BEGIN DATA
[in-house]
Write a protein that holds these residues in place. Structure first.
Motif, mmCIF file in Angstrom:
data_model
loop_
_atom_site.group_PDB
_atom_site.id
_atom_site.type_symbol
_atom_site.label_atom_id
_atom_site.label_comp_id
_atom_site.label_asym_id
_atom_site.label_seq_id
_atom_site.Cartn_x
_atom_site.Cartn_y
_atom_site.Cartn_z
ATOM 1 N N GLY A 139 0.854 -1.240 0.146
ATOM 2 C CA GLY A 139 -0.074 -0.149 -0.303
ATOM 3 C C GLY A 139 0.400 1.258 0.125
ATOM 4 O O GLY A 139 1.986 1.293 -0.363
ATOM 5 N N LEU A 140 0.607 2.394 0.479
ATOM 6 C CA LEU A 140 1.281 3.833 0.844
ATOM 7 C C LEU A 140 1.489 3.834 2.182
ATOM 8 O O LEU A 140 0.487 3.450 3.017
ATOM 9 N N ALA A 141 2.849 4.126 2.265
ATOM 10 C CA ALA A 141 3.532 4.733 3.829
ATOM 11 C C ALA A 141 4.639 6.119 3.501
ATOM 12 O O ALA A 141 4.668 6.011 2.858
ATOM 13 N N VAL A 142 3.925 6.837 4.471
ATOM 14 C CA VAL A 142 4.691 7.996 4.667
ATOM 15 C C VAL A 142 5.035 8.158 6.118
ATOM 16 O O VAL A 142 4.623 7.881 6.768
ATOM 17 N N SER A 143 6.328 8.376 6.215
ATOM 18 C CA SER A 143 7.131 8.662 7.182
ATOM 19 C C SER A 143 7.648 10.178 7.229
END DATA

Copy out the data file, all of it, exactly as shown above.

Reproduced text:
[in-house]
Write a protein that holds these residues in place. Structure first.
Motif, mmCIF file in Angstrom:
data_model
loop_
_atom_site.group_PDB
_atom_site.id
_atom_site.type_symbol
_atom_site.label_atom_id
_atom_site.label_comp_id
_atom_site.label_asym_id
_atom_site.label_seq_id
_atom_site.Cartn_x
_atom_site.Cartn_y
_atom_site.Cartn_z
ATOM 1 N N GLY A 139 0.854 -1.240 0.146
ATOM 2 C CA GLY A 139 -0.074 -0.149 -0.303
ATOM 3 C C GLY A 139 0.400 1.258 0.125
ATOM 4 O O GLY A 139 1.986 1.293 -0.363
ATOM 5 N N LEU A 140 0.607 2.394 0.479
ATOM 6 C CA LEU A 140 1.281 3.833 0.844
ATOM 7 C C LEU A 140 1.489 3.834 2.182
ATOM 8 O O LEU A 140 0.487 3.450 3.017
ATOM 9 N N ALA A 141 2.849 4.126 2.265
ATOM 10 C CA ALA A 141 3.532 4.733 3.829
ATOM 11 C C ALA A 141 4.639 6.119 3.501
ATOM 12 O O ALA A 141 4.668 6.011 2.858
ATOM 13 N N VAL A 142 3.925 6.837 4.471
ATOM 14 C CA VAL A 142 4.691 7.996 4.667
ATOM 15 C C VAL A 142 5.035 8.158 6.118
ATOM 16 O O VAL A 142 4.623 7.881 6.768
ATOM 17 N N SER A 143 6.328 8.376 6.215
ATOM 18 C CA SER A 143 7.131 8.662 7.182
ATOM 19 C C SER A 143 7.648 10.178 7.229